Helen McCue & Fatima Kourouche
Recreation and sport in Australia remain contested areas for women and even more so for Muslim Australian women. This chapter explores the hypothesis that Muslim women are engaging with the dominant discourses of both Islam and Australian in recreational and sports culture in a fluid and dynamic two-way process that actively contests their exclusion from this significant aspect of Australian social and cultural life.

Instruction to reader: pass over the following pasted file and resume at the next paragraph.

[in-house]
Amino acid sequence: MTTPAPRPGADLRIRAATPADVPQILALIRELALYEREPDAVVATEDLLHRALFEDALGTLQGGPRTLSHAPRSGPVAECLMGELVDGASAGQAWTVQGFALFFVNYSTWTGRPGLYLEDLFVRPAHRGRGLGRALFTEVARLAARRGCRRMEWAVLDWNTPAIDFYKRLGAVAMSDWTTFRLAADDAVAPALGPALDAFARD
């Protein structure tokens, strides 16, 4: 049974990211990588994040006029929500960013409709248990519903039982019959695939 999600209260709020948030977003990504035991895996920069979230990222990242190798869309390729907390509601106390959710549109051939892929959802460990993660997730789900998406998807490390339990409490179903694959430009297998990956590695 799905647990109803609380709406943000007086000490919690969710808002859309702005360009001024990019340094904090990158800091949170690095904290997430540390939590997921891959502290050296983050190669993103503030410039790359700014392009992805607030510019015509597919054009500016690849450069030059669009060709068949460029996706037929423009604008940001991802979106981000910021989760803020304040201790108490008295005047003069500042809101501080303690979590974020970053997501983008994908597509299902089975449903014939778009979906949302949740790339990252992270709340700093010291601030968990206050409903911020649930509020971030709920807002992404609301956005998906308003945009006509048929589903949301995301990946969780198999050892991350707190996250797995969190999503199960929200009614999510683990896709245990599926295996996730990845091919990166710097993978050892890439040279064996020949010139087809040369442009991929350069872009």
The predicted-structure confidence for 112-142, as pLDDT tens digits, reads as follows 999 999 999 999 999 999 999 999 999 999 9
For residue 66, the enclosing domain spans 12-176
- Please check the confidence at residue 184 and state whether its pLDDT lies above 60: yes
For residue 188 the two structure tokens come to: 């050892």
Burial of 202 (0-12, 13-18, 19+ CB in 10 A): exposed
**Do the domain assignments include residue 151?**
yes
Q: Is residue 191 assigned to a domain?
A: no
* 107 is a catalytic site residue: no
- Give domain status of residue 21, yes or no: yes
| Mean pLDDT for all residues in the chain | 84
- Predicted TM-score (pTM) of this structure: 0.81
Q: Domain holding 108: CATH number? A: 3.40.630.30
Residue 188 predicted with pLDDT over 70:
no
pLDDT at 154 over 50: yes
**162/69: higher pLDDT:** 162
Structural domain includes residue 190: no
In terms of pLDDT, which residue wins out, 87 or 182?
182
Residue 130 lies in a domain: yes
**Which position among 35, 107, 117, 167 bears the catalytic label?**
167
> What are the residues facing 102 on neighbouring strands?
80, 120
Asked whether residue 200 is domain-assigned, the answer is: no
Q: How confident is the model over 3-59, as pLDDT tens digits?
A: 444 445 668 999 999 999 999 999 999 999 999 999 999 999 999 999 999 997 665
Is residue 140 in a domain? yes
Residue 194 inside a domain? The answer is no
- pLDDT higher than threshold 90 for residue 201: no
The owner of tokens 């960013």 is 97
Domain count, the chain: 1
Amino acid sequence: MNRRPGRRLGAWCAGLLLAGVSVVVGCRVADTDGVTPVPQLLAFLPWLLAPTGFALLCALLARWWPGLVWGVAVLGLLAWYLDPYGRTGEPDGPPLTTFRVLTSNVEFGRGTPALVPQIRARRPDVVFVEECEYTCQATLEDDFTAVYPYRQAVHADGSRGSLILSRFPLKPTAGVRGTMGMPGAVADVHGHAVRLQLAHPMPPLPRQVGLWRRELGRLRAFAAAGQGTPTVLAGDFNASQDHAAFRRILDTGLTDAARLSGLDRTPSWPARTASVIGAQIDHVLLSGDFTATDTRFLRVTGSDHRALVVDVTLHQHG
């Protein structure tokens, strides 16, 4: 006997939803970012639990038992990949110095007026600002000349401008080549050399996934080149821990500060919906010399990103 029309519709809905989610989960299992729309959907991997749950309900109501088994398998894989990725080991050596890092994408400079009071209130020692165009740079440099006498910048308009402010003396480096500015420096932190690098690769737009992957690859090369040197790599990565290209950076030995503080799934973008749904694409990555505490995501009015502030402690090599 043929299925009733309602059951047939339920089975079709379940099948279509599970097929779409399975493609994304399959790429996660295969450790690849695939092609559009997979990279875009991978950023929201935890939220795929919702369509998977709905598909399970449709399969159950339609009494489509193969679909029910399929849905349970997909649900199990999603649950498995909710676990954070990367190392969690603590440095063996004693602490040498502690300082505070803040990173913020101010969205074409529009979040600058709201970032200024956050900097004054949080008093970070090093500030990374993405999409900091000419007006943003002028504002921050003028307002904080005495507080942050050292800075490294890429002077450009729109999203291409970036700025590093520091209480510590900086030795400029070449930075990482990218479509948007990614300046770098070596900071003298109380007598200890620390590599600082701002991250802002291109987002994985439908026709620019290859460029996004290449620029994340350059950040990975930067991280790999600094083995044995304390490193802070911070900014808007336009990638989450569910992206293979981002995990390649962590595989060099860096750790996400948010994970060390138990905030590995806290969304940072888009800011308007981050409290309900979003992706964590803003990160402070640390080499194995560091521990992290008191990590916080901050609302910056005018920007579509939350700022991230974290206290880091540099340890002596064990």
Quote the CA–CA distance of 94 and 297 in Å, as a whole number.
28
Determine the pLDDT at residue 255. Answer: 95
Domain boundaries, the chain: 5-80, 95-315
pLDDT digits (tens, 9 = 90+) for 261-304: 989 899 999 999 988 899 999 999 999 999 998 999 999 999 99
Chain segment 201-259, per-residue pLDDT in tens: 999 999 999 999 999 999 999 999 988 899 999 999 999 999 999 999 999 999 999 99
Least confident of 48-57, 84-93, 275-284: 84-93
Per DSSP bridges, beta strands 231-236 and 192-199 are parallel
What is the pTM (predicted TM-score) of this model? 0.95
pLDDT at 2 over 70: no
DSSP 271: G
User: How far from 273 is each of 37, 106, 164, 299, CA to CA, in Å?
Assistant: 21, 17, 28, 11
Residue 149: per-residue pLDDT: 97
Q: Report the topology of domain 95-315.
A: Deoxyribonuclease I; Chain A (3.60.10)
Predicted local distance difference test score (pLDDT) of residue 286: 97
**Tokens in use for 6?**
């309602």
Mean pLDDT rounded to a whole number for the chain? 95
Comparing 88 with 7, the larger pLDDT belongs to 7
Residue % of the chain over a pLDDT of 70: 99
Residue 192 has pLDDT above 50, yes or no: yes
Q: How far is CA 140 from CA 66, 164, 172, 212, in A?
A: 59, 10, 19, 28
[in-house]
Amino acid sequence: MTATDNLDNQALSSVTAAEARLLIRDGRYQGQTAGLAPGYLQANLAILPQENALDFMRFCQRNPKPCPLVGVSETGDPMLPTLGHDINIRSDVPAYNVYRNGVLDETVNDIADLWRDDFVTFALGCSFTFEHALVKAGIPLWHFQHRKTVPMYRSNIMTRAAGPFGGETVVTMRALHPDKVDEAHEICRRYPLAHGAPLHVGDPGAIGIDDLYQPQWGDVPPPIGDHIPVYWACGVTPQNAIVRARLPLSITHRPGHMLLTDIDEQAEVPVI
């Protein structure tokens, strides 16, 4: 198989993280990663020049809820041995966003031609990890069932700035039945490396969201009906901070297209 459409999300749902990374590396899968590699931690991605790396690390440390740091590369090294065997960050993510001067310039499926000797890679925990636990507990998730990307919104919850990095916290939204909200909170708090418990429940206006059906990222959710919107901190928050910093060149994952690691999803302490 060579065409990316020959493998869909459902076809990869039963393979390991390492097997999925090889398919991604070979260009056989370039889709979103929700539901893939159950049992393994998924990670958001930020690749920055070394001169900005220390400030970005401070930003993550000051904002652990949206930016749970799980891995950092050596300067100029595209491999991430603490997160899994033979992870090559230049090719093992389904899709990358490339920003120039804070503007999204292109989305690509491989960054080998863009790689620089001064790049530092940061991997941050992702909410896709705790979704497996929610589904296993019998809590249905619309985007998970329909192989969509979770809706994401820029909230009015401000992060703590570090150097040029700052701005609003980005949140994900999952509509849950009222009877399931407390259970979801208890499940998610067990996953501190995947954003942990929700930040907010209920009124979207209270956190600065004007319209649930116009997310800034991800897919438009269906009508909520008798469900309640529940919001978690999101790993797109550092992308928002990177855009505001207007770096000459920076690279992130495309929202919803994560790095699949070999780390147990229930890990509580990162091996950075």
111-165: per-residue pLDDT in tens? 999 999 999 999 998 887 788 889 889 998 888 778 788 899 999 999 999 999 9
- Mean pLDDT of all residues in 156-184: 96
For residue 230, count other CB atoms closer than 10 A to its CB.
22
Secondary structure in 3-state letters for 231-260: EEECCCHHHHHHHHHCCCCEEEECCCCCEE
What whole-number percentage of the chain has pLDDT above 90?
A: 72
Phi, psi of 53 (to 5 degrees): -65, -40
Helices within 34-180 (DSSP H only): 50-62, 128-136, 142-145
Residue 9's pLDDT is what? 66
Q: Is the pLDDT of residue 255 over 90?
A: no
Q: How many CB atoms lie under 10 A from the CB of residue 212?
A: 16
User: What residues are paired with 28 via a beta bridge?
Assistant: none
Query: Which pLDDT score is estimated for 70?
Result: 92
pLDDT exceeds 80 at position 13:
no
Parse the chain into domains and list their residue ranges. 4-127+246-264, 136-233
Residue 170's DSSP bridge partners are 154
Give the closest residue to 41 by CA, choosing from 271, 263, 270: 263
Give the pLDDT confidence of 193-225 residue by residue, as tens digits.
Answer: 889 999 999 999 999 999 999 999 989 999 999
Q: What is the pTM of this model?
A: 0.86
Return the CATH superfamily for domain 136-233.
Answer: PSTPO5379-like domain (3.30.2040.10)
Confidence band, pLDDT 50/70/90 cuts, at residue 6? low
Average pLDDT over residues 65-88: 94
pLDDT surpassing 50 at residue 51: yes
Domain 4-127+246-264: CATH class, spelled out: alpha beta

Contrary to the normative discourse surrounding Muslim women and sport, Muslim women in Australia do in fact participate in a wide variety of sporting and recreational activities within their own religious understandings of modesty, covering and gendered spaces. The chapter describes how Muslim women have resisted the dominant discourses of power in social structures in relation to swimwear, as well as in swimming and gym spaces, and in several competitive sports. Through contesting these discourses and occupying, through agency, these ‘spaces of autonomy’ they have created a new identity of self. In so doing myths around Muslim women and sport in Australia have been challenged and a new discourse in these contested areas has emerged. Such agency is contributing to the development of new meanings in religion and sports culture as well as to the emergence of a newly empowered negotiated self, a new identity: that of the Australian Muslim sports woman.